30 June 2012

Choosing how to back up data

My choices at the moment are a couple of external disks with "live data", stuff I might need to access right away and a large number of DVD disks titled "portfolio 1, 2 etc" linked to a database (Filemaker) of info and images to help me search and find things. I've had this system for at least 10 years now and it's served me well enough but as files get bigger and storage space cheaper, it's time to re-think it all.

The advice I get is pretty all over the place. From, just keep doing like you have been, to get a tape system to have 3(!) copies of everything in various formats linked to a central server. Obviously, some people I know live in a world where they have tech support, money and other resources more readily available to them than I ever will. My needs are pretty modest overall, I just want an easily accessible way to save files and combine it with making more of my work, particularly photos, easier to access right away.

My first step will be to buy 2 internal terabyte drives to replace 2 smaller ones on my tower and then buy 2 additional external drives to match up with the internal ones. (I already have one big internal and external drive) My tower has 4 drives, one is a system drive for apps, fonts etc and that will stay exclusively for that. The other three will be one for video, one for work and one for play, essentially all my movies, music and personal stuff. I will then re-organize ALL my DVD back-ups on to the hard drives and make a copy on each external drive to match. The really hard time consuming thing will be to go through all that data and put it into a filemaker database. It took me 8 hours a day, 5 days a week for 3 months last time. I am also going to go through a step many people think of as unthinkable for some reason, dumping a lot of old work I've never looked at since it was done, including many photo shoots and getting rid of duplicate files. I know, "you never know you might need that one day", but you know... you can know in many cases and it's just pack ratting to keep every single thing you've ever done. If some client calls you out of the blue 20 years later for a copy of a project you are not obligated to have it waiting for them. If you can even open it still!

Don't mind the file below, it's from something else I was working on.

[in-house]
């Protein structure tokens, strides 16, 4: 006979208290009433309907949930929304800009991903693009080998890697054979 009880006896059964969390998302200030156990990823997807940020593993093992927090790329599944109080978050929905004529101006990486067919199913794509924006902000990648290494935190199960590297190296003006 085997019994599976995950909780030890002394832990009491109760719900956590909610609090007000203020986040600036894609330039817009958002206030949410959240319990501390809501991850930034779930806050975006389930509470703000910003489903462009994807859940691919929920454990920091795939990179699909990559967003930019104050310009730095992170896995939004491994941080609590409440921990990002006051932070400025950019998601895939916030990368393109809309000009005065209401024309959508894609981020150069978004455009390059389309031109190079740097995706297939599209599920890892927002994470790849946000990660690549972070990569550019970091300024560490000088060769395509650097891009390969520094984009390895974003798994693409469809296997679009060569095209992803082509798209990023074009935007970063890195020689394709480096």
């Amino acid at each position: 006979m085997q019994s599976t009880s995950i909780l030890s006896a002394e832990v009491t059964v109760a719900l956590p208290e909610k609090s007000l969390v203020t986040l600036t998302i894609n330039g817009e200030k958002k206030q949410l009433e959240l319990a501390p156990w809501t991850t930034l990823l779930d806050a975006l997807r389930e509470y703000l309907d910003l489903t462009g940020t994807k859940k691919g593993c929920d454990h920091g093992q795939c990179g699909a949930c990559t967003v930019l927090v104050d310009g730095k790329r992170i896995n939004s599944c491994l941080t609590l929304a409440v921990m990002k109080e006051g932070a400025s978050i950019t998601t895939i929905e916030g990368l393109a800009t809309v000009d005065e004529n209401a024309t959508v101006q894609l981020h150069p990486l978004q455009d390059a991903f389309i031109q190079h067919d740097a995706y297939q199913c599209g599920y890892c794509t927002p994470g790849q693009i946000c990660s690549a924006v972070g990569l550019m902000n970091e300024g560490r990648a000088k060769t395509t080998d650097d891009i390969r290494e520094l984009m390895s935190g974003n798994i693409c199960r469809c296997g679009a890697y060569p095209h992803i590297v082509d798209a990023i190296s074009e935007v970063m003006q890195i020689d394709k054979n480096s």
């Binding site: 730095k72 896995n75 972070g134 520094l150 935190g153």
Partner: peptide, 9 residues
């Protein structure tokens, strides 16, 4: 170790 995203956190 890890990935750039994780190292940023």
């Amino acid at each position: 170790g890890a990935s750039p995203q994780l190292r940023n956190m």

I could go the tape route, but that's an entirely new system and not practical for a small time designer like me, with hard drives I can plug them into a new computer or a laptop if need to to as well. The "cloud" is another option, but unlike a few friends who jump on everything new, I think the cloud is a very a bad idea and really impractical for video and other large files. I could never afford the bandwidth (we pay for usage here in Qu├ębec), not to mention my severe misgivings over privacy and having my data and life's work on some companies server. I have no desire to wait hours for a film project to download either just to get one clip for my demo reel.

As n most things, the most important thing to making a decision is not what's "best", there is no "best" way to do anything, just the best way for you to do something. In the case of back-up the number thing priority is just to do them!